When it comes to training there is a delicate balance between over-reaching and overtraining. While short periods of high-intensity training can be beneficial, it is detrimental to train at that intensity all the time. More is not always better.
One of the risks of overtraining is that you are more likely to get sick. There appears to be a U-shaped relationship between training volume (in particular, intensity) and immune function (as shown in figure 1). In other words, moderate intensity exercise has immune-boosting effects while high intensity exercise can compromise immune function. This isn’t to say that you shouldn’t do high intensity exercise. However, you may want to consider taking some extra measures to improve recovery and prevent an infection so that you can get the most from your training efforts.
What is recommended?
- Periodization. Regardless of your training goal, you should be including some easy days or rest days into your workout plan. There should also be weeks when you back off from training really hard. This allows your body to repair and build on the work that you’ve done and get ready for the next phase of hard training. Periodization can actually be quite complex so if you’re not an exercise specialist, you may want to consider consulting one (I recommend those with a CSEP or CSCS certification).
- Adequate sleep. This will vary from person to person but you may need to catch some extra shut eye during periods when you are training hard
- Post-workout carbohydrates. After intense training, it is recommended to eat ~60g of fast-absorbing carbohydrate. This will go into your muscles and help with repair and recovery. This is especially important if your main goal is performance. On the other hand, if your goal is aesthetic or you’re looking to lean down in the off-season, you may not want to eat carbs after your workouts – this will force your body to use fat and convert it to glucose instead. The downside is that your recovery and performance will suffer a little bit so be sure to take advantage of some of the other strategies if you are eating low carb.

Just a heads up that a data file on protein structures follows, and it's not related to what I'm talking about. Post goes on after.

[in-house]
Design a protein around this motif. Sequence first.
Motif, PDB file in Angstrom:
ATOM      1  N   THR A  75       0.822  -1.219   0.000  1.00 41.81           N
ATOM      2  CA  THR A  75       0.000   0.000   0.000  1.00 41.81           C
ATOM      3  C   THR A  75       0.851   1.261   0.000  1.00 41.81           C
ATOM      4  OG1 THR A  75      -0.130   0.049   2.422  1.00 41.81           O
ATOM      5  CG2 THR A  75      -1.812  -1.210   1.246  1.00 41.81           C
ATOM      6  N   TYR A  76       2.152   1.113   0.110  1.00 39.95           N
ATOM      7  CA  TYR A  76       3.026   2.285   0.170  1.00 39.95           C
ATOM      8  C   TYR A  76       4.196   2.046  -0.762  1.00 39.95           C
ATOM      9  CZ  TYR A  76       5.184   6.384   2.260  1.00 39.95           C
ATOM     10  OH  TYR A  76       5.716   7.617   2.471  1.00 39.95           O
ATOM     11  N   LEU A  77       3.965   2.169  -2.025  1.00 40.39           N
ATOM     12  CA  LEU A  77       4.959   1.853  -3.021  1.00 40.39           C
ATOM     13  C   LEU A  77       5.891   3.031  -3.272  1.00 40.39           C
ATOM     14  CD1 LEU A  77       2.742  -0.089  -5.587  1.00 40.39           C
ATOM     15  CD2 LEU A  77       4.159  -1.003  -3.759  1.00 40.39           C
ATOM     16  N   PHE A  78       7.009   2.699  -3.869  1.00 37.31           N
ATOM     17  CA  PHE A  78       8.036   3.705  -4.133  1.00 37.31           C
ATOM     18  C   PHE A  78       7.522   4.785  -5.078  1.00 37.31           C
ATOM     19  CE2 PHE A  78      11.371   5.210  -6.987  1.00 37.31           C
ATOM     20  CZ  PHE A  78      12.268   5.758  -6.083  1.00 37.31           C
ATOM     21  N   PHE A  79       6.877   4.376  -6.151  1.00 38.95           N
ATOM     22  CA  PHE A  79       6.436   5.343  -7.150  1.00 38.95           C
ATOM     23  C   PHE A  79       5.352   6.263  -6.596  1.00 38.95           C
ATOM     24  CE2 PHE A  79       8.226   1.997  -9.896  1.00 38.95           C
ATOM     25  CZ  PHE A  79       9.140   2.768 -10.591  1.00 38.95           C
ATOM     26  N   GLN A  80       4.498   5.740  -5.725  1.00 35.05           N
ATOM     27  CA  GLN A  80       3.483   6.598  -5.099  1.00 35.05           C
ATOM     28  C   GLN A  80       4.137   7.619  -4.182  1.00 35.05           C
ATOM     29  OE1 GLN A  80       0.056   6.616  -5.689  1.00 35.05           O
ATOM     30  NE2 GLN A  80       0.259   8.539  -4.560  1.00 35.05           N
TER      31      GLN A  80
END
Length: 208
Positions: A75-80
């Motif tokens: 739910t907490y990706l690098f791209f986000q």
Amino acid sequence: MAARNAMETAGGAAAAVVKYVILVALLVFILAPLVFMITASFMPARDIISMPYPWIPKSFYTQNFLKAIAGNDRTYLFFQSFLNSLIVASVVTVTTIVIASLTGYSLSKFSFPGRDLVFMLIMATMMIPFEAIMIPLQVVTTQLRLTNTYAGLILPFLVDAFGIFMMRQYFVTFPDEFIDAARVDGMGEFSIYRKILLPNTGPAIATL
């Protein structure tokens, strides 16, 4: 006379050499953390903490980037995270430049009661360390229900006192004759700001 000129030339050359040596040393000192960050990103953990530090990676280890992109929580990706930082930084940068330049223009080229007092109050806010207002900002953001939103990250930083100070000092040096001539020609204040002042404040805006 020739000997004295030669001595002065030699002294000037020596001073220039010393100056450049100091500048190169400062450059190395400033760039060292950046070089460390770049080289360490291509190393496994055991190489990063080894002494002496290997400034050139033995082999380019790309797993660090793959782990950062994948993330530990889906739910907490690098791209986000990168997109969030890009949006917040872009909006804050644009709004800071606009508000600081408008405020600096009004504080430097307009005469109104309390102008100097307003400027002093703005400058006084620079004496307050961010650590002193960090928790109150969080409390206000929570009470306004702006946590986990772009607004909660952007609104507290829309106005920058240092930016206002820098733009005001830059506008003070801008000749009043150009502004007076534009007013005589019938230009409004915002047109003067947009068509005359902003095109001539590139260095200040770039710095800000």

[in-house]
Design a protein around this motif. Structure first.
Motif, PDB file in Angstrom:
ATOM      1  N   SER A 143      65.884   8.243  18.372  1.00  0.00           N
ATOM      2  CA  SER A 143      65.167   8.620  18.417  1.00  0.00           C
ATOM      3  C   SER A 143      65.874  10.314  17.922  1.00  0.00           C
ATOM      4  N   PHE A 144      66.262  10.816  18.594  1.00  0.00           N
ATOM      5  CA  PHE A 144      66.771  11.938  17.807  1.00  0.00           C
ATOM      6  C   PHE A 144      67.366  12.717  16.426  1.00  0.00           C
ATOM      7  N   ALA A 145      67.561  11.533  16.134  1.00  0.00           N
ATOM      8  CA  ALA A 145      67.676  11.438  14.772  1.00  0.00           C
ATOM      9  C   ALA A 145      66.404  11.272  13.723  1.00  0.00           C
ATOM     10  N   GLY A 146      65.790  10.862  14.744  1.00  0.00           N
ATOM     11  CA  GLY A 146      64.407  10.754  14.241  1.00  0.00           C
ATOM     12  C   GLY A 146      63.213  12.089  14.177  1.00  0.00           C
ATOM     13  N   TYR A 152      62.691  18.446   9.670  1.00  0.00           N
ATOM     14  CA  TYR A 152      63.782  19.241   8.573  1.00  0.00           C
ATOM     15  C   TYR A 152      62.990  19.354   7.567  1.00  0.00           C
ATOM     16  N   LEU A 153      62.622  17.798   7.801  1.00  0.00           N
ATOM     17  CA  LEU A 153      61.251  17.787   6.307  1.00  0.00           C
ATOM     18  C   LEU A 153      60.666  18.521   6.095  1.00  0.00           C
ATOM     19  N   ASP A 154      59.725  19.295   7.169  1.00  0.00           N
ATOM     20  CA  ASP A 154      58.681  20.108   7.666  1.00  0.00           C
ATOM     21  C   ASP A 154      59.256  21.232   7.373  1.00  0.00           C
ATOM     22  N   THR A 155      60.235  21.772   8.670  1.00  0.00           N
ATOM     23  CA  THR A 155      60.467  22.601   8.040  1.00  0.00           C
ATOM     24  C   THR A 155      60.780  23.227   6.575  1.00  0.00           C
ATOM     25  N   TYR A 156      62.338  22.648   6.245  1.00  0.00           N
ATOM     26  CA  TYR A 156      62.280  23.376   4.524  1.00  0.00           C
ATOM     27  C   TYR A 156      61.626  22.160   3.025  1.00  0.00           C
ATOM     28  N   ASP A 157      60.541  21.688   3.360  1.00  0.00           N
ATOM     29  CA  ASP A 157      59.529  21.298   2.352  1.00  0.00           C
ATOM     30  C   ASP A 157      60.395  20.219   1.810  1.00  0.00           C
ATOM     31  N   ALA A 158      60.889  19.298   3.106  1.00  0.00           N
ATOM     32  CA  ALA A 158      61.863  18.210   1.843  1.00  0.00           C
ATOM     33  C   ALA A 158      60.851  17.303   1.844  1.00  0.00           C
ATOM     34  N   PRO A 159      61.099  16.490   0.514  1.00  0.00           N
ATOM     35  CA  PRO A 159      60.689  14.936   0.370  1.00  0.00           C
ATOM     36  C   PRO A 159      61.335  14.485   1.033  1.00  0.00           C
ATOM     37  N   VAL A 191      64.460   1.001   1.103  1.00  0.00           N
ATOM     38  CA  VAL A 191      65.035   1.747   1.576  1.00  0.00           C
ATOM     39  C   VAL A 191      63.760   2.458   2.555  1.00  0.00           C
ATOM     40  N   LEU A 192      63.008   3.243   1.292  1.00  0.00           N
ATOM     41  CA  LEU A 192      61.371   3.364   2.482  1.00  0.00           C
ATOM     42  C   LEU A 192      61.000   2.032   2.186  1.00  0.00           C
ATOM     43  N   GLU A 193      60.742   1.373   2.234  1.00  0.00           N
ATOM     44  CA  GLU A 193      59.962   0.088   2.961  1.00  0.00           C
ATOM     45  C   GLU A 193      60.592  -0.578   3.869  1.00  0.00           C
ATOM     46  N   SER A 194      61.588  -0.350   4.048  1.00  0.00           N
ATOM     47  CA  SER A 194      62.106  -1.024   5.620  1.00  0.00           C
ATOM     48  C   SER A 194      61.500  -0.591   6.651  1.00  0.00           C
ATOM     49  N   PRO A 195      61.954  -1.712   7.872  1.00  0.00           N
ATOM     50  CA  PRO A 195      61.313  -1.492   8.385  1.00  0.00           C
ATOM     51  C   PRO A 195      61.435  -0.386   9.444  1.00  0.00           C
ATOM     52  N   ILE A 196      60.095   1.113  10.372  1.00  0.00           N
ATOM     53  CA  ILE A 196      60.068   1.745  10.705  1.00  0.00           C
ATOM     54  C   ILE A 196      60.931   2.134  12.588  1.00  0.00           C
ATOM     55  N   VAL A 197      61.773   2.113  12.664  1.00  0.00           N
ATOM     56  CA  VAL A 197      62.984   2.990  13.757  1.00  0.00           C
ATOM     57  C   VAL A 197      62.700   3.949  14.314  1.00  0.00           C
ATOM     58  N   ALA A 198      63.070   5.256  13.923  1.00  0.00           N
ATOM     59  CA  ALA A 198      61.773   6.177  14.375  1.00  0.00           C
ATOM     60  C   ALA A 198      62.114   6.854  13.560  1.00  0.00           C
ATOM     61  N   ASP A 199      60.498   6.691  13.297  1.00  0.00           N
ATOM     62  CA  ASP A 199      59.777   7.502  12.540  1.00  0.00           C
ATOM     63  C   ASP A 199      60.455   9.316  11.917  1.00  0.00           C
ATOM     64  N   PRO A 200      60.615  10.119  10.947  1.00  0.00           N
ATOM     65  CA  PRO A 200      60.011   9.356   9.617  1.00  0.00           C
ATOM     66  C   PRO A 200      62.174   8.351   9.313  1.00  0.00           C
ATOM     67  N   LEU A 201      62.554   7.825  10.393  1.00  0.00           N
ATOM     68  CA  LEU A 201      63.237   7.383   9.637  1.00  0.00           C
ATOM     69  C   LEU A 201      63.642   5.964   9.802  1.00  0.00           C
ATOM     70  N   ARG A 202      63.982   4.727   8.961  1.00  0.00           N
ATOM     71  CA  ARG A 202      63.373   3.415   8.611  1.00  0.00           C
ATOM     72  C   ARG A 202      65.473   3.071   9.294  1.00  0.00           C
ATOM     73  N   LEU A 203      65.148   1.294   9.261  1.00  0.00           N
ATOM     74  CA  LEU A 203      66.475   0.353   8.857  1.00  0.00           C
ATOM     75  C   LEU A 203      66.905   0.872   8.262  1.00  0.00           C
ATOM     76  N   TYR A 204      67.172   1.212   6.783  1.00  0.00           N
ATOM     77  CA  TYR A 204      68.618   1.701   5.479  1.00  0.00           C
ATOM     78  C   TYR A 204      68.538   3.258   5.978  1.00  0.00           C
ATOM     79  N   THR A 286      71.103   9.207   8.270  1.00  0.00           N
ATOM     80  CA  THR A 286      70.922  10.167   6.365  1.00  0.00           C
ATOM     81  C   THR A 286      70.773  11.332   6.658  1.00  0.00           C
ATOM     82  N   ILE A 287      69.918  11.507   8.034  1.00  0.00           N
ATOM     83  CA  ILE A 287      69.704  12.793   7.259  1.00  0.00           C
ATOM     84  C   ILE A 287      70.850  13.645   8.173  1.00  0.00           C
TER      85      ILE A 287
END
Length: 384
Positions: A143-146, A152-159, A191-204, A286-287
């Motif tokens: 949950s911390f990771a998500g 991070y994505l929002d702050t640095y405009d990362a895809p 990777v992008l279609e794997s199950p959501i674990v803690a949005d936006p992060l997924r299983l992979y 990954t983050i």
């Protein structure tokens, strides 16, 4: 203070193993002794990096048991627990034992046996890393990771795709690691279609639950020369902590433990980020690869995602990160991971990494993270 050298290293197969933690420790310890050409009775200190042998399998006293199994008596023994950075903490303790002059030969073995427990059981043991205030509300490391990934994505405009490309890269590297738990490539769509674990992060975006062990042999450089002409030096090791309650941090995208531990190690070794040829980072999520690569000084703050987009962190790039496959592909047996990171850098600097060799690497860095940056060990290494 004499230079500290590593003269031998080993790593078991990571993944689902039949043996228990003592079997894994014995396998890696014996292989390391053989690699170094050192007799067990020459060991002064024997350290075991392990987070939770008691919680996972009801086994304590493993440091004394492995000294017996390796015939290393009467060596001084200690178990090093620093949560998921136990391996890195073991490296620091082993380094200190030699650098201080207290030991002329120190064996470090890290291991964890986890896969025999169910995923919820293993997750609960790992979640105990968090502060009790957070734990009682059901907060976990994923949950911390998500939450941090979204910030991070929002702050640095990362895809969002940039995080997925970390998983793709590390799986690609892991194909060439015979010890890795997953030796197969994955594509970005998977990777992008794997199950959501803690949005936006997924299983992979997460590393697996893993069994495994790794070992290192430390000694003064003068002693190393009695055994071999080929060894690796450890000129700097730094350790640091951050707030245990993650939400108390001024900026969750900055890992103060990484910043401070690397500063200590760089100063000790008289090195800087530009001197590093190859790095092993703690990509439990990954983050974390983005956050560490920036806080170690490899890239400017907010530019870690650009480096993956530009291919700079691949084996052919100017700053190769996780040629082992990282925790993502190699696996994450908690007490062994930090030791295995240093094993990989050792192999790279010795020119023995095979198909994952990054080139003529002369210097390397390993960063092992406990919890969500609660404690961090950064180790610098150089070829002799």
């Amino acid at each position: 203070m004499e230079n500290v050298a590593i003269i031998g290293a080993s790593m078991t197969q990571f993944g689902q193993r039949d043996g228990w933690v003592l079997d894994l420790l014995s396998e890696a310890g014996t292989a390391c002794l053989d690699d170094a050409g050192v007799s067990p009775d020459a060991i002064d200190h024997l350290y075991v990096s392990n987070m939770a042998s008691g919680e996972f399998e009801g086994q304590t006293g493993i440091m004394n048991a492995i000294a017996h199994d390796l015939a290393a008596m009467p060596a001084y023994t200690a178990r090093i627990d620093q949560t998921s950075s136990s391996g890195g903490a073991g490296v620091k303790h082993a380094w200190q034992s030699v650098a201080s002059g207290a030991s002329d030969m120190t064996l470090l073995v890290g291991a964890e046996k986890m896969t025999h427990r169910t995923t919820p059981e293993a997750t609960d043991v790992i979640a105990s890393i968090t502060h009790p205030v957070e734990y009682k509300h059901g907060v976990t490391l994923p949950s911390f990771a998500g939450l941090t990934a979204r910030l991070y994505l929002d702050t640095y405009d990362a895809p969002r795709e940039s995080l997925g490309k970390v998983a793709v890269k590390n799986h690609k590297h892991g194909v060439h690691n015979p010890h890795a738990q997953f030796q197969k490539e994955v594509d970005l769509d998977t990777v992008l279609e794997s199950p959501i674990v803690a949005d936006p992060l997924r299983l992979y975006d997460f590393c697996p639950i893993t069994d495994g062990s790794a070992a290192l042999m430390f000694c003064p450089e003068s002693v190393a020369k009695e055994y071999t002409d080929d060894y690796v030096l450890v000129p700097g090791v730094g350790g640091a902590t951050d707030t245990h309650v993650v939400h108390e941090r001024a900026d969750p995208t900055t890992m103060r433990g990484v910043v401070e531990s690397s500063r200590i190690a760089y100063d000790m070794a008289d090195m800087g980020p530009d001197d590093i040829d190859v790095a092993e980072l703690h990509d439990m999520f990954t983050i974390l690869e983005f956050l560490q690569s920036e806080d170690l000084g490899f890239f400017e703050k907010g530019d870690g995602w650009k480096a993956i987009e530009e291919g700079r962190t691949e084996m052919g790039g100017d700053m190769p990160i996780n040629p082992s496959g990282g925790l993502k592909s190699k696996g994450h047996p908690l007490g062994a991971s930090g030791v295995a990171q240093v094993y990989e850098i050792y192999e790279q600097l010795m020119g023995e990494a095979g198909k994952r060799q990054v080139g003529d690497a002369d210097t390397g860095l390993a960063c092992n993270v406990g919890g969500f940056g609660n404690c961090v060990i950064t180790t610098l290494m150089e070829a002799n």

- Supplement with Quercetin (kware-se-tin) – this flavonoid is found in many plants and has been shown to have a positive effect on the human immune system. Take advantage of its anti-viral and anti-inflammatory properties try including some of these foods into your diet: black or green tea, apples, sweet potatoes, kale, red onion, broccoli, black plums, and berries. Quercetin is also available as an herbal supplement which may be useful if you are undergoing a period of high-intensity training.
- Greens powder. Even if you eat lots of fruits and vegetables, the quality of our soil just isn’t the same as it once was, therefore if you can swing it I recommend taking a daily greens powder to help you get all of the vitamins, minerals, and phytochemicals that help your cells function at their best.
- Parasympathetic system activation. Your nervous system has two complementary systems: the sympathetic nervous system is in charge of the fight or flight response and the parasympathetic nervous system is in charge of relaxation. Most people overtax their sympathetic system to start with and intense training is another stressor on your body, therefore it is important to find ways to calm down and restore the balance. When the parasympathetic system is in charge, your body is better able to digest food better, fight infections, and repair and build those muscles you’ve been working so hard. Some things that work for me are listening to ocean sounds, progressive muscle relaxation, yoga, and mindfulness meditation. Find what works for you.
Remember, training is when you break down your body. You can’t just keep beating it down without giving it the materials and the downtime to recover and get tougher! Train smarter, not just more
Jones HP. Immune cells listen to what stress is saying: Neuroendocrine receptors orchestrate immune function. Psychoneuroimmunology 2012;934, 77-87.
Walsh NP, Gleeson M, Pyne DB, Nieman DC, Dhabhar FS, Shephard RJ, Oliver SJ, Bermon S, Kajeniene A. Position statement. Part two: Maintaining immune function. Exerc Immunol Rev 2011;17:64-103.